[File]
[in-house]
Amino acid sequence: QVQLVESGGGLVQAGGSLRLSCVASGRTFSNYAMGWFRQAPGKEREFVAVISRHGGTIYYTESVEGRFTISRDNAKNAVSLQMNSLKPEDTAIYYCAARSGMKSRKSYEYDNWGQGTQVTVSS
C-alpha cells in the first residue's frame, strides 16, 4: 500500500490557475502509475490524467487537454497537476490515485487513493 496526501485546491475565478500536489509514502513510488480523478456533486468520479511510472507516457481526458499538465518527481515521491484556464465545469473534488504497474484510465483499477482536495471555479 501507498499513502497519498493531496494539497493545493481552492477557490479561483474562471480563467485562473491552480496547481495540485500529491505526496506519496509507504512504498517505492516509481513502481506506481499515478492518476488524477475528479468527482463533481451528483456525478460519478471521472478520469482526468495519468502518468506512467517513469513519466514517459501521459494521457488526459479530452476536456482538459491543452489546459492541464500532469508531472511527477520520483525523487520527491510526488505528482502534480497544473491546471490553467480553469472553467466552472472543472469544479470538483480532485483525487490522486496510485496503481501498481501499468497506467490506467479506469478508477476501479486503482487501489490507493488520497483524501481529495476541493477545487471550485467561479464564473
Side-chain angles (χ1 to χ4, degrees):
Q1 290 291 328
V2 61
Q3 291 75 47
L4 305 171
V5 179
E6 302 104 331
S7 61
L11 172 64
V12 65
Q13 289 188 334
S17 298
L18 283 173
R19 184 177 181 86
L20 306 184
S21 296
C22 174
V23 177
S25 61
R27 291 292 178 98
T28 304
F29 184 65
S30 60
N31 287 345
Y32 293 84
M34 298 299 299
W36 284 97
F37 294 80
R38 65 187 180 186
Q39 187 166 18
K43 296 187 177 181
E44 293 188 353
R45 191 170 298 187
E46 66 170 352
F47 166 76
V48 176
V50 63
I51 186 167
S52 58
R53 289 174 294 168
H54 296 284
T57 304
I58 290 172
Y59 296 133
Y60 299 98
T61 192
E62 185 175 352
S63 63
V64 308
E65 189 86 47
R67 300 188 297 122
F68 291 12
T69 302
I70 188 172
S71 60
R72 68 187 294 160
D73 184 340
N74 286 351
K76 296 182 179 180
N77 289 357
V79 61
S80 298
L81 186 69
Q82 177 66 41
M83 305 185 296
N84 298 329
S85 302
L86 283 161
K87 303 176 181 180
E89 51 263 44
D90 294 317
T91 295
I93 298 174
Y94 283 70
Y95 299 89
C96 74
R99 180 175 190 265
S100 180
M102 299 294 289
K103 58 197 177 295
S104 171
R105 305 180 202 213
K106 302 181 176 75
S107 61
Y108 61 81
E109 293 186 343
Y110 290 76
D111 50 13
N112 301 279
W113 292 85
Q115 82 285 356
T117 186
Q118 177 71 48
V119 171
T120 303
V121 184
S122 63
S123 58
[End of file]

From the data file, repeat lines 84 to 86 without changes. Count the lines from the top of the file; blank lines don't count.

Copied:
S104 171
R105 305 180 202 213
K106 302 181 176 75